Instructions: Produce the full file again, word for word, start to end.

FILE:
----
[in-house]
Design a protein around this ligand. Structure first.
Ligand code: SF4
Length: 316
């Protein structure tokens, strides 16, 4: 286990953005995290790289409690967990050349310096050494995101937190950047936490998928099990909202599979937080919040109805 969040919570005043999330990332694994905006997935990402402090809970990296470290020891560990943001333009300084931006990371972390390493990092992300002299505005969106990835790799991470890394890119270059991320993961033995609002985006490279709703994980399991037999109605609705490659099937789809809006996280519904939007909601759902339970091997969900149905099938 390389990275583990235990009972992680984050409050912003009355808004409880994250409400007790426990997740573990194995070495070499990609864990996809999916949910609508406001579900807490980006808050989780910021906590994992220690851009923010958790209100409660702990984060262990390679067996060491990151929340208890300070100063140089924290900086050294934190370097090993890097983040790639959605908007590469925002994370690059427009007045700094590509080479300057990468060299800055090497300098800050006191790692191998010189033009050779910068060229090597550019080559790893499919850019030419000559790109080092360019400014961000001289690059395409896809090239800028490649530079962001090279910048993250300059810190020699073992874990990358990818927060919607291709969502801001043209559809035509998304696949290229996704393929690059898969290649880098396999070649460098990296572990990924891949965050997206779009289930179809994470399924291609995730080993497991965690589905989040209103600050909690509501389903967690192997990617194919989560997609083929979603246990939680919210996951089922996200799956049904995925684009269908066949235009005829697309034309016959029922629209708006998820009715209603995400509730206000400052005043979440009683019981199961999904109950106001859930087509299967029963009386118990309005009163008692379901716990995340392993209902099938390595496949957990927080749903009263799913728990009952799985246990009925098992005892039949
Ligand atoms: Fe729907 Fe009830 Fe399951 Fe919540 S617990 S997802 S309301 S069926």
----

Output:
[in-house]
Design a protein around this ligand. Structure first.
Ligand code: SF4
Length: 316
């Protein structure tokens, strides 16, 4: 286990953005995290790289409690967990050349310096050494995101937190950047936490998928099990909202599979937080919040109805 969040919570005043999330990332694994905006997935990402402090809970990296470290020891560990943001333009300084931006990371972390390493990092992300002299505005969106990835790799991470890394890119270059991320993961033995609002985006490279709703994980399991037999109605609705490659099937789809809006996280519904939007909601759902339970091997969900149905099938 390389990275583990235990009972992680984050409050912003009355808004409880994250409400007790426990997740573990194995070495070499990609864990996809999916949910609508406001579900807490980006808050989780910021906590994992220690851009923010958790209100409660702990984060262990390679067996060491990151929340208890300070100063140089924290900086050294934190370097090993890097983040790639959605908007590469925002994370690059427009007045700094590509080479300057990468060299800055090497300098800050006191790692191998010189033009050779910068060229090597550019080559790893499919850019030419000559790109080092360019400014961000001289690059395409896809090239800028490649530079962001090279910048993250300059810190020699073992874990990358990818927060919607291709969502801001043209559809035509998304696949290229996704393929690059898969290649880098396999070649460098990296572990990924891949965050997206779009289930179809994470399924291609995730080993497991965690589905989040209103600050909690509501389903967690192997990617194919989560997609083929979603246990939680919210996951089922996200799956049904995925684009269908066949235009005829697309034309016959029922629209708006998820009715209603995400509730206000400052005043979440009683019981199961999904109950106001859930087509299967029963009386118990309005009163008692379901716990995340392993209902099938390595496949957990927080749903009263799913728990009952799985246990009925098992005892039949
Ligand atoms: Fe729907 Fe009830 Fe399951 Fe919540 S617990 S997802 S309301 S069926």